Well, for reasons, Camp NaNoWriMo was a bust for July.
But for good reasons.
Two weeks ago, I took a week off to focus on a final review of FLOTSAM. That’s a good thing, because there’s a schedule to keep.
The following week (last week), I took a week off to try and get a load of work done for an event I’m involved with that’s happening the first week of September. Again, there’s a schedule to keep.
However, there was a large difference between the two efforts. Reading FLOTSAM and catching typos and flopped grammar is a finite assignment. 482 pages, start to finish. No one shows up to drop a previously unknown chapter in my lap to extend the project.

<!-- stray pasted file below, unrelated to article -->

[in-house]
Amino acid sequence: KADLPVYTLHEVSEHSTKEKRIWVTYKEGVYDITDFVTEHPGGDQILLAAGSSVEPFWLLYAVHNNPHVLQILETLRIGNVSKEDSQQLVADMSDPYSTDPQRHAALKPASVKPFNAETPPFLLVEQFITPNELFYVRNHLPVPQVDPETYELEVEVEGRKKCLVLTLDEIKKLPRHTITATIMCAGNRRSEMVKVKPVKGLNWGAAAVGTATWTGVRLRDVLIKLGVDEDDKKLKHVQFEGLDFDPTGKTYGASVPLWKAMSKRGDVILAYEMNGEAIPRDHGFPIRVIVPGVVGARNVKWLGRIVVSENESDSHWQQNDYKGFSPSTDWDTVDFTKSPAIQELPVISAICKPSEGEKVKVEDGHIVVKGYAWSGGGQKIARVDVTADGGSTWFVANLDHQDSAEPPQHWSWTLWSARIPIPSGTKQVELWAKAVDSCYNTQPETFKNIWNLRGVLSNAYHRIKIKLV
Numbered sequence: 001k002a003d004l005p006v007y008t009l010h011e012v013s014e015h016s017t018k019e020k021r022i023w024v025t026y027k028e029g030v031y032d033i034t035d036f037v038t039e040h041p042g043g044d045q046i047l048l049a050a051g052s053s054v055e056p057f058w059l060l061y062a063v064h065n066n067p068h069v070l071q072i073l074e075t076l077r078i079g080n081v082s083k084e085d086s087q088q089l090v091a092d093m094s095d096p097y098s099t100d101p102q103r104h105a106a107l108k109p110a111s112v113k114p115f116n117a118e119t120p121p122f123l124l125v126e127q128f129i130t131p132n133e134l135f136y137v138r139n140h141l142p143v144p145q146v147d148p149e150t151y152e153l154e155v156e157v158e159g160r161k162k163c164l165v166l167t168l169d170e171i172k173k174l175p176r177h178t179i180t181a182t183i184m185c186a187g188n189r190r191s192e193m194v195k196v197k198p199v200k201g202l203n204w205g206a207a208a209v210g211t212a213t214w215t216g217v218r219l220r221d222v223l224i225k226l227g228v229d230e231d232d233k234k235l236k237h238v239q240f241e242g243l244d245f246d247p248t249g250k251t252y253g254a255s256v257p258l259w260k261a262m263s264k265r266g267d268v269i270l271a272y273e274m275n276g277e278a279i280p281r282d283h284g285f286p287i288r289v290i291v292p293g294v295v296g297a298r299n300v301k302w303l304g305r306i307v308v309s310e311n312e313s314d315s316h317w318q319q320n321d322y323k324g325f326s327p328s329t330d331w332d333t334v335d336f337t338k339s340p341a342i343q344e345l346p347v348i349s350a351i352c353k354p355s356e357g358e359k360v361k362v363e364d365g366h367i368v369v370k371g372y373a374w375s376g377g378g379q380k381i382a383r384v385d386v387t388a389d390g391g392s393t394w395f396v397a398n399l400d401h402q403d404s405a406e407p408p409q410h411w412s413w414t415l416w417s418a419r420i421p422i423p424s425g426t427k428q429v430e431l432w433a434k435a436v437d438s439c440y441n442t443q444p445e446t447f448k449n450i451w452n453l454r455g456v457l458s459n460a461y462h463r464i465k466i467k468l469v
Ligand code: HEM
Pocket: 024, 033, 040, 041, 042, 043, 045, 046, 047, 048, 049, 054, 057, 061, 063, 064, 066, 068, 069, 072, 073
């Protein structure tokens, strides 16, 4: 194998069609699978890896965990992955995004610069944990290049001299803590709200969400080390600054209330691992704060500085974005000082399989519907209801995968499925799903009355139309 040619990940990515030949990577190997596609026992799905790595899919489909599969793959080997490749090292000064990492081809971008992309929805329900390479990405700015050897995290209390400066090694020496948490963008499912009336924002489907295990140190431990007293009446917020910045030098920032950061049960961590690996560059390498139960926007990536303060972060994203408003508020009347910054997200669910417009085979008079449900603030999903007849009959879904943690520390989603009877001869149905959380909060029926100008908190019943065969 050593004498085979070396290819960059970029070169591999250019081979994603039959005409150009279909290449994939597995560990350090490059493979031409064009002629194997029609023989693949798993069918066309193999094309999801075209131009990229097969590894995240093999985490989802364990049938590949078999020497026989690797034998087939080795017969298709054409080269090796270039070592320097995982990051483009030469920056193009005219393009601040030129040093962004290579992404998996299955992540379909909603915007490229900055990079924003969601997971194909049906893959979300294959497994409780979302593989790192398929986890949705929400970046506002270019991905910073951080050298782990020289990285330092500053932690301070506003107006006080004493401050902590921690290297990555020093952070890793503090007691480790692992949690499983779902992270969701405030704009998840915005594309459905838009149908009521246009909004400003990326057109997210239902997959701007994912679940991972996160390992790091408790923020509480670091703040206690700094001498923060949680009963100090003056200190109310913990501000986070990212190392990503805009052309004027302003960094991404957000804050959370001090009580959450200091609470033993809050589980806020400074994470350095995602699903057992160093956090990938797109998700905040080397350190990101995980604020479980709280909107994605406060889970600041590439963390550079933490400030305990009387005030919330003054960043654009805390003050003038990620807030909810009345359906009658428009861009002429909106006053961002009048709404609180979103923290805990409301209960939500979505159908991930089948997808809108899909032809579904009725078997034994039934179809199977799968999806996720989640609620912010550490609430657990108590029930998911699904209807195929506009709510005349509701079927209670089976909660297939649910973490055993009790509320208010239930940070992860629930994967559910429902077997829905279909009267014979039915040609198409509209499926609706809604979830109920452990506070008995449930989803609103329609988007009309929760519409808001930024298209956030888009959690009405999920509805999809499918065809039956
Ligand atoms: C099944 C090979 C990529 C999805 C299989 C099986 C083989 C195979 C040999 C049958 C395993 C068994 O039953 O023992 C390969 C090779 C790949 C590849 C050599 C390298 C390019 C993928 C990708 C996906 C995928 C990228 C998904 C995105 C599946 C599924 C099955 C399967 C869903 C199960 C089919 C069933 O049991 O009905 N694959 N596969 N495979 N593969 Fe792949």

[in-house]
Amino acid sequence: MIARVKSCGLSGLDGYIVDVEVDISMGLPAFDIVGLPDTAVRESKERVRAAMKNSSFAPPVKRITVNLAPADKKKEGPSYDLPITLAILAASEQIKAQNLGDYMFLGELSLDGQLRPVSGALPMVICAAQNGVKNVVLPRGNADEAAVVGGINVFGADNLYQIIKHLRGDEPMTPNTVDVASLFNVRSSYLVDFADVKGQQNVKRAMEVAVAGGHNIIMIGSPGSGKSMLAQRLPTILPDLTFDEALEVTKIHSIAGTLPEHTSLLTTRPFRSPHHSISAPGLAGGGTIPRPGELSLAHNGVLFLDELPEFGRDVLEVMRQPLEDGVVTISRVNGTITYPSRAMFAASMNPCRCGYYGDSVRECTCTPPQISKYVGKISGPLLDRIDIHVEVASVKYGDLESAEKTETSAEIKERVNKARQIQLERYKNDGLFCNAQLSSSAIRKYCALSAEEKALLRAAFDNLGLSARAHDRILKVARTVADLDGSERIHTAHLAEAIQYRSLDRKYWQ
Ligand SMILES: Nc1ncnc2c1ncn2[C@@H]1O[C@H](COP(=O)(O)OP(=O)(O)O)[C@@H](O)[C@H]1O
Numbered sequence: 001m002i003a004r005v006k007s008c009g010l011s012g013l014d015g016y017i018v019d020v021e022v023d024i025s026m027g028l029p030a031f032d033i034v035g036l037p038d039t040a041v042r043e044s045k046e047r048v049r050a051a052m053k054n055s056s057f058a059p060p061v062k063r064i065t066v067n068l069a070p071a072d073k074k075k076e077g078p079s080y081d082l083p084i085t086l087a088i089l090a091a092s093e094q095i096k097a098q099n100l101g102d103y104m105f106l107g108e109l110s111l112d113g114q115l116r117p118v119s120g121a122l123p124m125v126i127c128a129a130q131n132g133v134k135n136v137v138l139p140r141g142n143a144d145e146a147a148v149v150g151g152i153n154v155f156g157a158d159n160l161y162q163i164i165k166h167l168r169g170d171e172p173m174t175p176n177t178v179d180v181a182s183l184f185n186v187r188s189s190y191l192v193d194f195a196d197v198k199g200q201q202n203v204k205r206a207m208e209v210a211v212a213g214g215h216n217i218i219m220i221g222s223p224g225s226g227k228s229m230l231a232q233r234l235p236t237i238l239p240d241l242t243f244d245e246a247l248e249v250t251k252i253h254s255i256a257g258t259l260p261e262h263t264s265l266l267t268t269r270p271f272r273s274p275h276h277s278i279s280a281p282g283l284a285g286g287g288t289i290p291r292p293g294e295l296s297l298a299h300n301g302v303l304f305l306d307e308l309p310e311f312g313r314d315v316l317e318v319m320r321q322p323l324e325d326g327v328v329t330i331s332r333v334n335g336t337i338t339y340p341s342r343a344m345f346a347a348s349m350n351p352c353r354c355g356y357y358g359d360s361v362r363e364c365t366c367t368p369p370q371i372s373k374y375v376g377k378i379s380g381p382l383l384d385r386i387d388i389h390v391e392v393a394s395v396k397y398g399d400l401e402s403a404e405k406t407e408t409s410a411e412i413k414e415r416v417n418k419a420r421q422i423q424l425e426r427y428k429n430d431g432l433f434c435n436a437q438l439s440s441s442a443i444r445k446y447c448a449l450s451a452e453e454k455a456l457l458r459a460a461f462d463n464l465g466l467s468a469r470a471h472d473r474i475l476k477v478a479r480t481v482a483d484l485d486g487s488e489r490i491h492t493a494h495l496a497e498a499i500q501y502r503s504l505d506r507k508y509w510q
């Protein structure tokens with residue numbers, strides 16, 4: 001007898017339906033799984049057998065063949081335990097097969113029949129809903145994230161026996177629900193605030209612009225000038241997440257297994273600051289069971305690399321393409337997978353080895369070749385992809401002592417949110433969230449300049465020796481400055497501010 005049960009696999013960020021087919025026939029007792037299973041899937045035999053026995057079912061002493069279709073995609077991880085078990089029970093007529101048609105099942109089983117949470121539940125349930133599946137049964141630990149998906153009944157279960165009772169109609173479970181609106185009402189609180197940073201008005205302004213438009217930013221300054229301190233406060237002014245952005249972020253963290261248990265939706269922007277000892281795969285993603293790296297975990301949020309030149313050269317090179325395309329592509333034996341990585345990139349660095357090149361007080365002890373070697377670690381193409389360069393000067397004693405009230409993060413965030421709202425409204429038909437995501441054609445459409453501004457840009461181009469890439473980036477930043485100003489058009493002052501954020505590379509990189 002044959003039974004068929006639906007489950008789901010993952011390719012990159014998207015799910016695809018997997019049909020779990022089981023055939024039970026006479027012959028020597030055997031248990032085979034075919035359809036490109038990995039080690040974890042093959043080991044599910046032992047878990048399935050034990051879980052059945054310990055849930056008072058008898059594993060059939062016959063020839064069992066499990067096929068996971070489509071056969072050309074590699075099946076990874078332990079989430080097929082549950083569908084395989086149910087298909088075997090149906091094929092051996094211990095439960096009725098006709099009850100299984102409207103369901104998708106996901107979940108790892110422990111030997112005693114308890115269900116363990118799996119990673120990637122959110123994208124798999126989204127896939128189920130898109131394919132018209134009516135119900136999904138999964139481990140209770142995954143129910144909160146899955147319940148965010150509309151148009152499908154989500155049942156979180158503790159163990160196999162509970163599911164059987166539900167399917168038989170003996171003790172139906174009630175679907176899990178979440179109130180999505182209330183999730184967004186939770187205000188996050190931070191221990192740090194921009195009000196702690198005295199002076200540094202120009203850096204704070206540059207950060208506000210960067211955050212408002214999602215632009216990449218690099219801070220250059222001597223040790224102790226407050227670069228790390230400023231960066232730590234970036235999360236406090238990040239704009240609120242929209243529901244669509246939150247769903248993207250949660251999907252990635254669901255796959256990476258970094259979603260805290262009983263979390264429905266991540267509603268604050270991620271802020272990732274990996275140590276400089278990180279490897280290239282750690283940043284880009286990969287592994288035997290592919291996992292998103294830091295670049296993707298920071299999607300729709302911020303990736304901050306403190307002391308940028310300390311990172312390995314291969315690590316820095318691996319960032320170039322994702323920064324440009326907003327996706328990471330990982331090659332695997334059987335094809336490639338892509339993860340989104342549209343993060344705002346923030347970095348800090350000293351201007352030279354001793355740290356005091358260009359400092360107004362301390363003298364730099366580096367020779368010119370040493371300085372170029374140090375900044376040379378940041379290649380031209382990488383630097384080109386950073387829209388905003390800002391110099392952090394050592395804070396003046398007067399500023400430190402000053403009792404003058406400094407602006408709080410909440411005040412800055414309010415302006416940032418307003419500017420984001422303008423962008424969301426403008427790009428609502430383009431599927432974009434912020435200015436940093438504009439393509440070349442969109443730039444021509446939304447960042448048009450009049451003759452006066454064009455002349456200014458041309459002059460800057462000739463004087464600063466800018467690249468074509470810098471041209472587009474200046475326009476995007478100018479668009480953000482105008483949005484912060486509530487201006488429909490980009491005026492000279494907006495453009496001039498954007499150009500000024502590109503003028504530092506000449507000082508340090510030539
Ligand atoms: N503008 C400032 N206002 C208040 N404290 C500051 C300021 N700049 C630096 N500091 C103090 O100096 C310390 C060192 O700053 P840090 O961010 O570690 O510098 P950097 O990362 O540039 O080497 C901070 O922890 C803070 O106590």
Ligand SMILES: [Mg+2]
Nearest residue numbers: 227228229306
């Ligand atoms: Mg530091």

The trade show support work, on the other hand, is not finite. That has a list of tasks that multiply by three every time I finish one. It’s got to get done, and it will, but the workload will expand to fill whatever time I allot to it.
What’s worse, my morning ritual was interrupted, and my mind was reprogrammed to consider that morning time, at that computer, as time up for grabs. Time that can be rerouted to high priority projects.
I have realized (not for the first time) that I must shore up the defenses of my writing time. I must make it my priority, because I am the only one who can or will.
Sometimes I get a little tired of having to learn this lesson.